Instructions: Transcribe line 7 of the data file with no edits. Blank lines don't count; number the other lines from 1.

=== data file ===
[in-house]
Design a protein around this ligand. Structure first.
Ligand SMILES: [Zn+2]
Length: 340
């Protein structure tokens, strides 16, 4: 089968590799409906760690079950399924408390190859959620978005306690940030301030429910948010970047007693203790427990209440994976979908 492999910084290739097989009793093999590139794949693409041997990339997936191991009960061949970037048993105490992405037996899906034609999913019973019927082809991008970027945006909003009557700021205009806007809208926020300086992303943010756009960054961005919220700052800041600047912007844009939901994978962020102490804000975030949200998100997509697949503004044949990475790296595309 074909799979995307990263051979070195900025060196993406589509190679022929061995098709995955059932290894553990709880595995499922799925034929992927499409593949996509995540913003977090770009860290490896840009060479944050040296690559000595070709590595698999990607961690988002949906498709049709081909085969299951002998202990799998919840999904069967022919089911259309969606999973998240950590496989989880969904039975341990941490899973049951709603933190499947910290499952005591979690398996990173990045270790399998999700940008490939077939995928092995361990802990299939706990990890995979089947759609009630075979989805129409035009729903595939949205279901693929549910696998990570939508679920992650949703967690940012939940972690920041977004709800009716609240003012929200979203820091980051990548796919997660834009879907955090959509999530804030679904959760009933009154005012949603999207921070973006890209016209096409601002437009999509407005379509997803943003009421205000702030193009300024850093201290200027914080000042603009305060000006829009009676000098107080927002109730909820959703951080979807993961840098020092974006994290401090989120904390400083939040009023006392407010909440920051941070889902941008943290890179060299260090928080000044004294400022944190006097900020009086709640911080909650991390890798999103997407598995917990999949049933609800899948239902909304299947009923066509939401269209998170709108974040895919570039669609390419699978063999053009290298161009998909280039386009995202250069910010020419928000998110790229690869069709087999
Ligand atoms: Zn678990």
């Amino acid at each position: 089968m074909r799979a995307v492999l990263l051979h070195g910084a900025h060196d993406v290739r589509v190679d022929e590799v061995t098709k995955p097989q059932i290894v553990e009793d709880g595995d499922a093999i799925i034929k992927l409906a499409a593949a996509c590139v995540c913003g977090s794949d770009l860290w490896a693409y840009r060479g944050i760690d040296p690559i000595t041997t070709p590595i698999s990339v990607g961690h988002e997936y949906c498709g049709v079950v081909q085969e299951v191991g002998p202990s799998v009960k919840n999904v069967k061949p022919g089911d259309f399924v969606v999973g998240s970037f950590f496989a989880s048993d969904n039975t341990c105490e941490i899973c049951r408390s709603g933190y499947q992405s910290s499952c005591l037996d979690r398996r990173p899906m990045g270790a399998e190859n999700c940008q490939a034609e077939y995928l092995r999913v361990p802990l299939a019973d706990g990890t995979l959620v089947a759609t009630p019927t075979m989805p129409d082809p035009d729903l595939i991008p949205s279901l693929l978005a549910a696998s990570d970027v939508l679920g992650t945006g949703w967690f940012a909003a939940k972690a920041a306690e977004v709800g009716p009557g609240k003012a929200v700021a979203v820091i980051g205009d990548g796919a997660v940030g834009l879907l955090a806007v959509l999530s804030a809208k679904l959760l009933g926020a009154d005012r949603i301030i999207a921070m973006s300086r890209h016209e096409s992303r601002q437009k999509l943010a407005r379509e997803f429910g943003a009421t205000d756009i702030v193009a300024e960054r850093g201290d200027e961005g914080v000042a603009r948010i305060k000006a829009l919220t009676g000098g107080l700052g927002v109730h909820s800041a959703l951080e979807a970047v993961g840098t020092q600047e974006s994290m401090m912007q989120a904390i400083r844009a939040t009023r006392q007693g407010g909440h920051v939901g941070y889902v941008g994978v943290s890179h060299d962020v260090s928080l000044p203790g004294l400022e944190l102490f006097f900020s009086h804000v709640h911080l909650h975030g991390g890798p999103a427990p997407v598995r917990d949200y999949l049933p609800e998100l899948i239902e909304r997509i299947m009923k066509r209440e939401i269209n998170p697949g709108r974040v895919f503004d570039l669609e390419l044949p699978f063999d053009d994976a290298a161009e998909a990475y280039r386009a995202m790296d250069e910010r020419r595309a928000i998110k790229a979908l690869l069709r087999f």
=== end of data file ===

């Amino acid at each position: 089968m074909r799979a995307v492999l990263l051979h070195g910084a900025h060196d993406v290739r589509v190679d022929e590799v061995t098709k995955p097989q059932i290894v553990e009793d709880g595995d499922a093999i799925i034929k992927l409906a499409a593949a996509c590139v995540c913003g977090s794949d770009l860290w490896a693409y840009r060479g944050i760690d040296p690559i000595t041997t070709p590595i698999s990339v990607g961690h988002e997936y949906c498709g049709v079950v081909q085969e299951v191991g002998p202990s799998v009960k919840n999904v069967k061949p022919g089911d259309f399924v969606v999973g998240s970037f950590f496989a989880s048993d969904n039975t341990c105490e941490i899973c049951r408390s709603g933190y499947q992405s910290s499952c005591l037996d979690r398996r990173p899906m990045g270790a399998e190859n999700c940008q490939a034609e077939y995928l092995r999913v361990p802990l299939a019973d706990g990890t995979l959620v089947a759609t009630p019927t075979m989805p129409d082809p035009d729903l595939i991008p949205s279901l693929l978005a549910a696998s990570d970027v939508l679920g992650t945006g949703w967690f940012a909003a939940k972690a920041a306690e977004v709800g009716p009557g609240k003012a929200v700021a979203v820091i980051g205009d990548g796919a997660v940030g834009l879907l955090a806007v959509l999530s804030a809208k679904l959760l009933g926020a009154d005012r949603i301030i999207a921070m973006s300086r890209h016209e096409s992303r601002q437009k999509l943010a407005r379509e997803f429910g943003a009421t205000d756009i702030v193009a300024e960054r850093g201290d200027e961005g914080v000042a603009r948010i305060k000006a829009l919220t009676g000098g107080l700052g927002v109730h909820s800041a959703l951080e979807a970047v993961g840098t020092q600047e974006s994290m401090m912007q989120a904390i400083r844009a939040t009023r006392q007693g407010g909440h920051v939901g941070y889902v941008g994978v943290s890179h060299d962020v260090s928080l000044p203790g004294l400022e944190l102490f006097f900020s009086h804000v709640h911080l909650h975030g991390g890798p999103a427990p997407v598995r917990d949200y999949l049933p609800e998100l899948i239902e909304r997509i299947m009923k066509r209440e939401i269209n998170p697949g709108r974040v895919f503004d570039l669609e390419l044949p699978f063999d053009d994976a290298a161009e998909a990475y280039r386009a995202m790296d250069e910010r020419r595309a928000i998110k790229a979908l690869l069709r087999f």